May 23, 2005 — T'Kajrah Wharton, 18 months old, won the youngest participant trophy in the second annual Walk/run Against Violence on Jason Carroll Memorial Day Sunday. Carroll, then 18, lost his life to gun violence five years ago. T'Kajrah lost her cousin, Jamall Richards, 22, to gun violence April 28 this year.
T'Kajrah, actually, made the walk in the arms of her mother, Taima Harvey, Richards' cousin. Richards' mother, Parime Harvey, sat on the wall with other family members in Emancipation Garden listening to the after-race ceremony. Celia Carroll encouraged everyone to "do something when you see violence. Don't turn your head. We are together. We deserve to live, and not be gunned down."
Carroll said, "We are very happy to see this great turnout taking a stand by coming out and saying gun violence should not be tolerated. I'm grateful for the opportunity to use this race to raise funds to send a youngster to further his or her education."
Anyssa Richardson, a Charlotte Amalie High School senior, won the essay contest with a 1,000 word essay on "How the Virgin Islands will stop excessive violence in its community." Richardson will receive a scholarship in Jason Carroll's name for freshman year expenses at the University of the Virgin Islands.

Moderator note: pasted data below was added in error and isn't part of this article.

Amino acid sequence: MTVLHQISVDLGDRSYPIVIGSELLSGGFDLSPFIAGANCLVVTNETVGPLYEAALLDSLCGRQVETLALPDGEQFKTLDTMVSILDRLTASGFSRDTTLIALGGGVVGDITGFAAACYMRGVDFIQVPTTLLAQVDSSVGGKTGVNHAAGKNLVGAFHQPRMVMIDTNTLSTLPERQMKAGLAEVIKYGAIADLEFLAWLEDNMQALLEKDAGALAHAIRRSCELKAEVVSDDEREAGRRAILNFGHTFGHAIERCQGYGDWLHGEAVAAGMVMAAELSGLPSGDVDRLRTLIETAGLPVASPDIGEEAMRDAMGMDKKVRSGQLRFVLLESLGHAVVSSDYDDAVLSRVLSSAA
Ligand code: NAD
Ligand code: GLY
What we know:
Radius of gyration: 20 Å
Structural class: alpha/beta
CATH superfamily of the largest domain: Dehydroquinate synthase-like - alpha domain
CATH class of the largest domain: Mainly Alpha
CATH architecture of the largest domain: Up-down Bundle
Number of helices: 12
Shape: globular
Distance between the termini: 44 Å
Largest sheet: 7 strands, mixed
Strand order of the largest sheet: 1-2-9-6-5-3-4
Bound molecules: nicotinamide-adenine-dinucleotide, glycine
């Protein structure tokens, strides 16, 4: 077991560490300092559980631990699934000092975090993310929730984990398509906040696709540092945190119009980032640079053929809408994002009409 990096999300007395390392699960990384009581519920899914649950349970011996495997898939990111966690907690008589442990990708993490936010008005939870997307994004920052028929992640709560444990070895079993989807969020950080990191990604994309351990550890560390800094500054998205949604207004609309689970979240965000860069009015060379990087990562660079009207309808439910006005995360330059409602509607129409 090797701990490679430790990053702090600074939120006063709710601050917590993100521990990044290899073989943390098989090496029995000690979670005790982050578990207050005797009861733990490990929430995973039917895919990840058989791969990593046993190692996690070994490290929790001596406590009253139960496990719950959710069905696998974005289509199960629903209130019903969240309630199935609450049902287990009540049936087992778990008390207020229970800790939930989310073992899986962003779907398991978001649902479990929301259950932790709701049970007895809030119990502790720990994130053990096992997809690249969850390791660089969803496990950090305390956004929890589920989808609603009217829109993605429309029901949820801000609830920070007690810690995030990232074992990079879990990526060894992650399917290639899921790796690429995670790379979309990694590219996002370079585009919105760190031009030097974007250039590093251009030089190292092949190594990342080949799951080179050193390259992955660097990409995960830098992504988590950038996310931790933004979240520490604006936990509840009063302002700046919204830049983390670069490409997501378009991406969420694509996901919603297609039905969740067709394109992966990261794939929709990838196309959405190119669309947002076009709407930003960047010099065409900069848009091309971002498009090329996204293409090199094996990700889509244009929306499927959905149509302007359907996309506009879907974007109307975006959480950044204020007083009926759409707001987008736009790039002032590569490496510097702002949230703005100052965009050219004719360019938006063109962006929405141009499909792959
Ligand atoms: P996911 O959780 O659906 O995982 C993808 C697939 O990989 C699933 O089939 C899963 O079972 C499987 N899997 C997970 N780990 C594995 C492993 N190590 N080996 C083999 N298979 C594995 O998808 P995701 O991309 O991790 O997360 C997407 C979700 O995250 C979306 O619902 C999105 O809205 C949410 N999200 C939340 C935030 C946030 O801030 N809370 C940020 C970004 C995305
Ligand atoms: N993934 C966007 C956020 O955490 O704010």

Beverly Harvey Miller, Richards' aunt spoke of her nephew's last moments. Fighting back tears, and with Celia Carroll's arm around her shoulders, Miller described how Richards, after he had been shot, got in his car to drive to the hospital, hitting two cars on his way. "He got out of his car and went to see if those people were hurt," Miller said, "and then got in his car and drew his last breath, and none of us were there to put our arms around him. I never thought the day would come when this would happen to someone I love, someone so close to me."
The Carrolls have done something. Months after their son died from gun violence five years ago, Celia Carroll started a chapter of Mothers Against Guns (MAG) in the Virgin Islands. Gov. Charles W. Turnbull proclaimed Sunday, May 22, Mothers Against Guns Day and Jason Carroll Memorial Day.